A Few Words About Foundations and Stabilizers
First of all, forgive me if this post ends up looking a blink wonky, but I am trying again to learn to use the Blogsy blogging platform from my IPad....which I use so much now, that I wanted to try blogging from it as well.
If you have read my last post you may have noted that my current projects all benefit in part from some piecing with foundations and so I have been experimenting a bit with just a few of the available products.
Below: these spider web blocks are all made using a muslin foundation. I followed the instructions that were included with Sarah Fielke's pattern "Maple Leaf Rag" from the book, "Material Obsession 2: More Modern Quilts With Traditional Roots" by Kathy Doughty and Sarah Fielke's.
In all honesty, I am not fond up using the muslin. No matter how "on grain" I cut it the muslin gets wonky as I sew and press (not iron). Joining all of the pieces is made both easier and more difficult with muslin. The foundation provides stability, yes, but also a bit more bulk. It is, perhaps a bit easier to line up the stripes (you have 8 sections per web to align)...but I am still really on the fence about using muslin. I have found that, for me, it is easier to simply piece longer (wider) strips and then cut to size. Of course there is never only one best, or right, way to do anything. What works best for you is what counts!
I have been working on two other projects that benefit, at least in part, by using foundations or stabilizers...sometimes those terms are quite interchangeable!
Making thee teen tiny 1.25" starbursts have been an eye opener and making them using a foundation really helps. I have tried using a paper foundation (more on that later) as well and two "leave in" foundation/stabilizers. The paper foundation works, but these tiny starbursts are further appliquéd onto a base and they that base is again cut into a circle and appliquéd onto their their final foundation fabric. Short story: they are handled a lot in the translation..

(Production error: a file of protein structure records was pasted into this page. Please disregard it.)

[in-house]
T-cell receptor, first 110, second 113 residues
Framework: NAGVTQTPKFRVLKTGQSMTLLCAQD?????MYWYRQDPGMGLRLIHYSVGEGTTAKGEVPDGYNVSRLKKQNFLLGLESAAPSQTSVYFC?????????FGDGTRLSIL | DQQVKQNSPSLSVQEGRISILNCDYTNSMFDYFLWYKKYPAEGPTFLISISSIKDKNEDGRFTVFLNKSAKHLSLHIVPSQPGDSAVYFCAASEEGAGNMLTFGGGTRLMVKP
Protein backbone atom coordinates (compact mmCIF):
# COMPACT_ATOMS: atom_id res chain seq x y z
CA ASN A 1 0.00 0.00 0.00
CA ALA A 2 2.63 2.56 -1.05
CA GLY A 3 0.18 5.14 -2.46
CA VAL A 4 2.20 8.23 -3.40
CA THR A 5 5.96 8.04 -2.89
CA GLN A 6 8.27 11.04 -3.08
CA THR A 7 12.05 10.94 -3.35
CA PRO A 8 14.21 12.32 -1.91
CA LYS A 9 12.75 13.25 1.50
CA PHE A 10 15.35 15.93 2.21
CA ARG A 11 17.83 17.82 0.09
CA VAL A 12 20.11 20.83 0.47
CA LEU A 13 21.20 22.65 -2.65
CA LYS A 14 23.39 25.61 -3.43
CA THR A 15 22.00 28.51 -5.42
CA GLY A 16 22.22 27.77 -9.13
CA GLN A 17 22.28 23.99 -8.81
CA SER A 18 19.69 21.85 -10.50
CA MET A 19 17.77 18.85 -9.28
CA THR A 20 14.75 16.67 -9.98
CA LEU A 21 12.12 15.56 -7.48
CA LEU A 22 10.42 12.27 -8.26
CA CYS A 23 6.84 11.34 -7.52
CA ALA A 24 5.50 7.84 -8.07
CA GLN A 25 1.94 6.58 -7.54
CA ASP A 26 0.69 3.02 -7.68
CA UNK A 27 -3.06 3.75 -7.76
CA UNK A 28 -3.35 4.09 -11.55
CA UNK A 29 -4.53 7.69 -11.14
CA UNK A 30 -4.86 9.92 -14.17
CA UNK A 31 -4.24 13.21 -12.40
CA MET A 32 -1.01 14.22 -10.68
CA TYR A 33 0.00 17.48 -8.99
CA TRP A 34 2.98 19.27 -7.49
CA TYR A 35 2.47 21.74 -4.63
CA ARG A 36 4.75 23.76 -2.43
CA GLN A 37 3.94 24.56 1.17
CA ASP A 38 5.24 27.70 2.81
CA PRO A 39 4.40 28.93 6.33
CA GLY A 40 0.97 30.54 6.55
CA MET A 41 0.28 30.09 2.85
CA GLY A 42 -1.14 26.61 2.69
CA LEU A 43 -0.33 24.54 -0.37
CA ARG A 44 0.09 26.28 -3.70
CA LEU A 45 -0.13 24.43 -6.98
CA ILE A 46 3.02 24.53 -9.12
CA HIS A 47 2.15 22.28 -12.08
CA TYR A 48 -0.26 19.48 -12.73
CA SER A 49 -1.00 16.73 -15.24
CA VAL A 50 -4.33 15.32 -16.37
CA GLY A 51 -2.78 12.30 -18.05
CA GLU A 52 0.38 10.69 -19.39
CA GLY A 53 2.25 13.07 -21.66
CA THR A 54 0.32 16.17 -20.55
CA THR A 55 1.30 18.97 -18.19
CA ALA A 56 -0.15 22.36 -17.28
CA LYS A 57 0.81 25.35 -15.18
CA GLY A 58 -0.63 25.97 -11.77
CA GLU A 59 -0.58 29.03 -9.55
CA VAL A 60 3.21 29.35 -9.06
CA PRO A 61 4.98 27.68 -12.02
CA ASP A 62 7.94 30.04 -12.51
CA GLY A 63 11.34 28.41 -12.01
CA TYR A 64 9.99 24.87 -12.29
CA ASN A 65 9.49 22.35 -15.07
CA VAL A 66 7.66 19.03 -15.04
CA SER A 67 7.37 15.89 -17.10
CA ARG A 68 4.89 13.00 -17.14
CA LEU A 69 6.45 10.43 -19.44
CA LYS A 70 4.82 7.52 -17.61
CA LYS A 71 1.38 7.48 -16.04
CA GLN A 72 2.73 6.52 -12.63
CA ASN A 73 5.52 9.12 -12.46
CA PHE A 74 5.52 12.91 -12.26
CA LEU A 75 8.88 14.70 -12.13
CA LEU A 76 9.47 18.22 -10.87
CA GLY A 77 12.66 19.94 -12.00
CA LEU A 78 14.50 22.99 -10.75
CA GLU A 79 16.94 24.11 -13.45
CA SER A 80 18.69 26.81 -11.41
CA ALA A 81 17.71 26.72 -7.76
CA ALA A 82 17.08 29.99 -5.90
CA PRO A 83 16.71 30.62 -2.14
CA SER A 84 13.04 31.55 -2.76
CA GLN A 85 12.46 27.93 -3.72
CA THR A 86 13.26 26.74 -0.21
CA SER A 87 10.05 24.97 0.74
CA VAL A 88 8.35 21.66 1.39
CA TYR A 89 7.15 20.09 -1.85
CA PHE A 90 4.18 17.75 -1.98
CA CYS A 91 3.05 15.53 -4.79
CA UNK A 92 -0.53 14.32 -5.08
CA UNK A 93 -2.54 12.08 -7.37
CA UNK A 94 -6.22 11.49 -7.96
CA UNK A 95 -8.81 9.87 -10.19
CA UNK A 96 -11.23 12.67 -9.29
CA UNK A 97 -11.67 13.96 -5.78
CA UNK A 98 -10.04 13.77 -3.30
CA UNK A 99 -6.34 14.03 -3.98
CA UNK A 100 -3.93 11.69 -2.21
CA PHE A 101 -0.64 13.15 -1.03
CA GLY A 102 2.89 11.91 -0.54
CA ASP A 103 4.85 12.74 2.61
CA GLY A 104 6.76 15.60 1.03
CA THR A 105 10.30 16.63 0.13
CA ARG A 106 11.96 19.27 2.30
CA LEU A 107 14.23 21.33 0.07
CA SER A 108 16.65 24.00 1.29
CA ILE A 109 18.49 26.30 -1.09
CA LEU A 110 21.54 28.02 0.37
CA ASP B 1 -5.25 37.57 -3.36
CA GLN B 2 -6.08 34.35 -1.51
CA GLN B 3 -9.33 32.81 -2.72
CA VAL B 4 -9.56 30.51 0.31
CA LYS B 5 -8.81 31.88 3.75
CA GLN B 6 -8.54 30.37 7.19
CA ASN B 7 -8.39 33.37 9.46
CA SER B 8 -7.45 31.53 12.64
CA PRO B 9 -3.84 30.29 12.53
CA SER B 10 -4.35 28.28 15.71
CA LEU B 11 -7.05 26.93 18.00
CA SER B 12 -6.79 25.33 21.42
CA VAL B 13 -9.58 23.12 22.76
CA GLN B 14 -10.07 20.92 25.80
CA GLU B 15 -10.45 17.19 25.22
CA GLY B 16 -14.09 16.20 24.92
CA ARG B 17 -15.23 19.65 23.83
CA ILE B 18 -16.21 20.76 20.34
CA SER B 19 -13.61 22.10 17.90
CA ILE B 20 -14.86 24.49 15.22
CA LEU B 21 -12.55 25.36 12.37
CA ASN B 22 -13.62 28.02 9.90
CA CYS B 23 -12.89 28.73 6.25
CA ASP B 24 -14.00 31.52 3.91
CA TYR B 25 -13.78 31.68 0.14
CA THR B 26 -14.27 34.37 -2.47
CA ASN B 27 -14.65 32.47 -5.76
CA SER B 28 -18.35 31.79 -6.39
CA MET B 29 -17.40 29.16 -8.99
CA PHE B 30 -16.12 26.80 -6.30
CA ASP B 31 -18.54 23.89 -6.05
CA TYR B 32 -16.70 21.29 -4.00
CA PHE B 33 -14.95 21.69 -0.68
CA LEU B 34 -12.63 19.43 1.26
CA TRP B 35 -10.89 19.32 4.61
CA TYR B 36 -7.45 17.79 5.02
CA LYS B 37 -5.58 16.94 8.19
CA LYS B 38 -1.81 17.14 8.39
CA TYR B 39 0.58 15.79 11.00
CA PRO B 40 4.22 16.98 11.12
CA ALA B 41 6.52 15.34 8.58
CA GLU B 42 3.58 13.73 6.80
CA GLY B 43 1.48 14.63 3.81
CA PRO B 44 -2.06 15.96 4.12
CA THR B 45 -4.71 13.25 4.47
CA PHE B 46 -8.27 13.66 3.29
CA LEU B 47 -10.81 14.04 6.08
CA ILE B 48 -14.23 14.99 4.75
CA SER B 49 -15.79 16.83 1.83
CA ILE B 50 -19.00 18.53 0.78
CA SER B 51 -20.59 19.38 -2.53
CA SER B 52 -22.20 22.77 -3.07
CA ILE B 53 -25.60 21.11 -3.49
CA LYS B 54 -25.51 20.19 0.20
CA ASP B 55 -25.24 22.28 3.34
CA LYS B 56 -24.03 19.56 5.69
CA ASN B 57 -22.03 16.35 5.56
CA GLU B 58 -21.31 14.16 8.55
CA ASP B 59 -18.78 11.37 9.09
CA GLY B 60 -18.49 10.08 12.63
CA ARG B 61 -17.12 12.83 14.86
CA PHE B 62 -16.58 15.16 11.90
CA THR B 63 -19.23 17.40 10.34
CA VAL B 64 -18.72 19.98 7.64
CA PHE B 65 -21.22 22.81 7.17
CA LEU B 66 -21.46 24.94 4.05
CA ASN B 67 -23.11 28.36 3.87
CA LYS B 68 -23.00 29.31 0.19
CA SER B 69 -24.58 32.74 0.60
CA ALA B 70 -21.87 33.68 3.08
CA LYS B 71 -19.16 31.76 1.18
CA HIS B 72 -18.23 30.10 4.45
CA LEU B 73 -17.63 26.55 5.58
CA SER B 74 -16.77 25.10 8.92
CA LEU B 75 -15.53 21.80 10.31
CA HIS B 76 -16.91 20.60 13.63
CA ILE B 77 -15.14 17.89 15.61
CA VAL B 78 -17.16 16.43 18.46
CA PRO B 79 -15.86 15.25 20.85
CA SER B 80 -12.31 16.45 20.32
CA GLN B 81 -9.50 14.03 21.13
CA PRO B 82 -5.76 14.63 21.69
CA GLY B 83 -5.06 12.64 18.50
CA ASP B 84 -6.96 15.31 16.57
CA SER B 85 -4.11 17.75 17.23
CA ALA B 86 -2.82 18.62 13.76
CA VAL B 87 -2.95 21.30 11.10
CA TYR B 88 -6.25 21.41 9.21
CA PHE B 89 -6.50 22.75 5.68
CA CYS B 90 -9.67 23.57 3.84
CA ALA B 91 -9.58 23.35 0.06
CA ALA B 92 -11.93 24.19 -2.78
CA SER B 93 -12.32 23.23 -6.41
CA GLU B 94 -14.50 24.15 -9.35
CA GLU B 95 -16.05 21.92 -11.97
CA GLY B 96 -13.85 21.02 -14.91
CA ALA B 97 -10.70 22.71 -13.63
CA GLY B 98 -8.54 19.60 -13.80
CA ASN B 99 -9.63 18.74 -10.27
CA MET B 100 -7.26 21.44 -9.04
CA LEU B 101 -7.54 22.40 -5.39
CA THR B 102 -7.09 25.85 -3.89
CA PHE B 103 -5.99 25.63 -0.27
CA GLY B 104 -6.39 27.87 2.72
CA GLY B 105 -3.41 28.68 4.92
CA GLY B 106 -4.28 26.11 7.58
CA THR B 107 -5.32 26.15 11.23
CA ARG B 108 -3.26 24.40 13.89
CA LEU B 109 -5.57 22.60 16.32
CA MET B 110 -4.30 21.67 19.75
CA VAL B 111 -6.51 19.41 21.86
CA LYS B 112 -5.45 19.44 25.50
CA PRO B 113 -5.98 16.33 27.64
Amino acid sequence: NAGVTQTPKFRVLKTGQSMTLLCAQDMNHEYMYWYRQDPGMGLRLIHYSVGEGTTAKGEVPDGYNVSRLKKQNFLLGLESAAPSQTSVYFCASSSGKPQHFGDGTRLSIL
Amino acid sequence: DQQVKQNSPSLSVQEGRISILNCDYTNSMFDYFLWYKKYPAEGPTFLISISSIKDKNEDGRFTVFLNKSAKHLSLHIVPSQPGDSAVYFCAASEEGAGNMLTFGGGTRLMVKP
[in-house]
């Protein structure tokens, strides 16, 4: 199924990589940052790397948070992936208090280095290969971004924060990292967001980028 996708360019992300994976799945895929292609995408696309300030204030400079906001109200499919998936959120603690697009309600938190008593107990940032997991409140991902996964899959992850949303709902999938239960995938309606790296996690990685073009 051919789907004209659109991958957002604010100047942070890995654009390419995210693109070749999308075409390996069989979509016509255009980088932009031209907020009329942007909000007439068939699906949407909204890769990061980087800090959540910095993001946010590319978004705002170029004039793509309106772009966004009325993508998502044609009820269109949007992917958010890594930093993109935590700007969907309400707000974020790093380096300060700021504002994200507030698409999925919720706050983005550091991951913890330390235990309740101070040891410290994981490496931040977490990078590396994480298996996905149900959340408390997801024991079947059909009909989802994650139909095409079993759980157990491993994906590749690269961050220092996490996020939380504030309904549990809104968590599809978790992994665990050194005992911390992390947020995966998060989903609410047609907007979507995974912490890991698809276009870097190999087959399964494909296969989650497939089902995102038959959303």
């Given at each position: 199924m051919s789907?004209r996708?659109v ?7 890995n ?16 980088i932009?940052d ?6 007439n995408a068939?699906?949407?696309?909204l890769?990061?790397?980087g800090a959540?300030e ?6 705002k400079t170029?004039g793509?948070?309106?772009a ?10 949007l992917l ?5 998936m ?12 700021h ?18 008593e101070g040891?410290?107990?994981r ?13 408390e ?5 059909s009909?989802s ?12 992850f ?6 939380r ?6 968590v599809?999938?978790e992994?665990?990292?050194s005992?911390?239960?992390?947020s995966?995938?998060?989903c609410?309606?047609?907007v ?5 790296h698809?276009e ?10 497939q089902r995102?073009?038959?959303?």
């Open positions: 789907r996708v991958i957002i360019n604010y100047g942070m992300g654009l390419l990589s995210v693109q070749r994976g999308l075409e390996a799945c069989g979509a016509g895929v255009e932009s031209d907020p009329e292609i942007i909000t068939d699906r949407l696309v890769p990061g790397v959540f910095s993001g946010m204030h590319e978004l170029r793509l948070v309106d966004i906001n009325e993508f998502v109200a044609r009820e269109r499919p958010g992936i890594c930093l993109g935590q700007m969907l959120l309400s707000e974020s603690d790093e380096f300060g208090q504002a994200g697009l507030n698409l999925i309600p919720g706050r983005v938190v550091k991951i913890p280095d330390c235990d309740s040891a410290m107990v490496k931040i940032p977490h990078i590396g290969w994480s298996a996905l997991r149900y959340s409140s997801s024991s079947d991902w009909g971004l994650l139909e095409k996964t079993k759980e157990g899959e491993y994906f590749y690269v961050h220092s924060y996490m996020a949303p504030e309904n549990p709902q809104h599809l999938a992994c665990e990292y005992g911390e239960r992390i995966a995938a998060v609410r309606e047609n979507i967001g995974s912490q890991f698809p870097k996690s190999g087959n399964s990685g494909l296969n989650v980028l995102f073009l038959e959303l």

Below are the two brands, aside from paper (later again for that), that I have experimented with for this project.
right :Stable Magic from the Gadget Girls that I bought in Houston many years ago. Non- fusible.
left: Hugs and Kisses brand Applique Paper. Fusible on one side.
Both are semi-dissolvable in water.
As you can see below, the Hugs and Kisses on the left is a bit more transparent
and it is also a bit thinner than the Stable Magic.
Below is the wet test. Once again, Hugs and Kisses brand is on the left and Stable Magic is on the right.
While Stable Magic is a bit heavier and more opaque out of the package it seems to be a bit more water soluble, tears and it more easily ....but the thinner initial hand of the Hugs and Kisses compensates so that they end up being very similar products. Using no stabilizer would be easiest as far as the hand applique work goes.
I found that I slightly preferred the Hugs and Kisses Brand. I also like that one side of it is fusible which can be a great help when you are cutting out applique shapes...I do hand applique but I think that it would be a benefit to machine work as well. I am machining the starburst but am then hand appliqueing them. Hugs and Kisses Applique sheets are available from Superior Threads as well as at EQuilter.
Last, but not least...My Wagon Wheels blocks (Wagon Wheels Quilt pattern from Sandy Klop and American Jane), most definitely benefits from a paper foundation. I like using Carol Doak's brand because it tears out so cleanly and easily. There is a basic newsprint paper available through Amazon that is WAY less expensive but it is described in pound weight...which the CD brand is not. I will probably order it to try when I run out...I just want to be sure that it will work as well...otherwise I won't "reinvent the wheel "!
When I use this paper with a circular pattern like Wagon Wheels.......
When I add the outside fabric to the small, inner, curve (bottom of the photo)
I like to have the paper removed...
but when I add fabric to larger, outside curve, (not shown) I prefer that paper stays in!
Sewing the seams down close to the cutting lines (and back stitching)
helps make the paper tear cleanly and easily.
Well, let's see how this post looks...acceptable ?
at May 21, 2015
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